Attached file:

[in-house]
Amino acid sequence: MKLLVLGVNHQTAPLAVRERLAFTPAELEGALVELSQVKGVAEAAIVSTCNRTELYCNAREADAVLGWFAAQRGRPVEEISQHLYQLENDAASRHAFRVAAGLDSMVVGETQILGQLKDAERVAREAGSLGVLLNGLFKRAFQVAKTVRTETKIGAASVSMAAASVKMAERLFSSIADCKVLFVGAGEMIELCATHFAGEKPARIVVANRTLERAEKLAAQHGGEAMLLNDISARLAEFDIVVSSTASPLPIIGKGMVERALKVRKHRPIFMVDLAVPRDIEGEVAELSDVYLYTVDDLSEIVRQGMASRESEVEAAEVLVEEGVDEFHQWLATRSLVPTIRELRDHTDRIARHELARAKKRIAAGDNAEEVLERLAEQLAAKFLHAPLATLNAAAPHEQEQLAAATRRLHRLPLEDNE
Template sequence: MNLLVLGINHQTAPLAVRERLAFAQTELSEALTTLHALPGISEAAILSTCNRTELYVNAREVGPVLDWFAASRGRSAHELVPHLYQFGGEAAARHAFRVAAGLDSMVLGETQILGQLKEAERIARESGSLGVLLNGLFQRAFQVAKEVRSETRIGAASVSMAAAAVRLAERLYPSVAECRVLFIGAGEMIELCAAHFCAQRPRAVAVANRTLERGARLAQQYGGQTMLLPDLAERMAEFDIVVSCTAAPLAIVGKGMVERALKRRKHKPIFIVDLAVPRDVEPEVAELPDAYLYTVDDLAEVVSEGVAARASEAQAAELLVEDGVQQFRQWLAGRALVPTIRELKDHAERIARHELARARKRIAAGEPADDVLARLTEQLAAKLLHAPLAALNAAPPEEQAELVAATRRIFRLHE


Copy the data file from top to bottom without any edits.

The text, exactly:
[in-house]
Amino acid sequence: MKLLVLGVNHQTAPLAVRERLAFTPAELEGALVELSQVKGVAEAAIVSTCNRTELYCNAREADAVLGWFAAQRGRPVEEISQHLYQLENDAASRHAFRVAAGLDSMVVGETQILGQLKDAERVAREAGSLGVLLNGLFKRAFQVAKTVRTETKIGAASVSMAAASVKMAERLFSSIADCKVLFVGAGEMIELCATHFAGEKPARIVVANRTLERAEKLAAQHGGEAMLLNDISARLAEFDIVVSSTASPLPIIGKGMVERALKVRKHRPIFMVDLAVPRDIEGEVAELSDVYLYTVDDLSEIVRQGMASRESEVEAAEVLVEEGVDEFHQWLATRSLVPTIRELRDHTDRIARHELARAKKRIAAGDNAEEVLERLAEQLAAKFLHAPLATLNAAAPHEQEQLAAATRRLHRLPLEDNE
Template sequence: MNLLVLGINHQTAPLAVRERLAFAQTELSEALTTLHALPGISEAAILSTCNRTELYVNAREVGPVLDWFAASRGRSAHELVPHLYQFGGEAAARHAFRVAAGLDSMVLGETQILGQLKEAERIARESGSLGVLLNGLFQRAFQVAKEVRSETRIGAASVSMAAAAVRLAERLYPSVAECRVLFIGAGEMIELCAAHFCAQRPRAVAVANRTLERGARLAQQYGGQTMLLPDLAERMAEFDIVVSCTAAPLAIVGKGMVERALKRRKHKPIFIVDLAVPRDVEPEVAELPDAYLYTVDDLAEVVSEGVAARASEAQAAELLVEDGVQQFRQWLAGRALVPTIRELKDHAERIARHELARARKRIAAGEPADDVLARLTEQLAAKLLHAPLAALNAAPPEEQAELVAATRRIFRLHE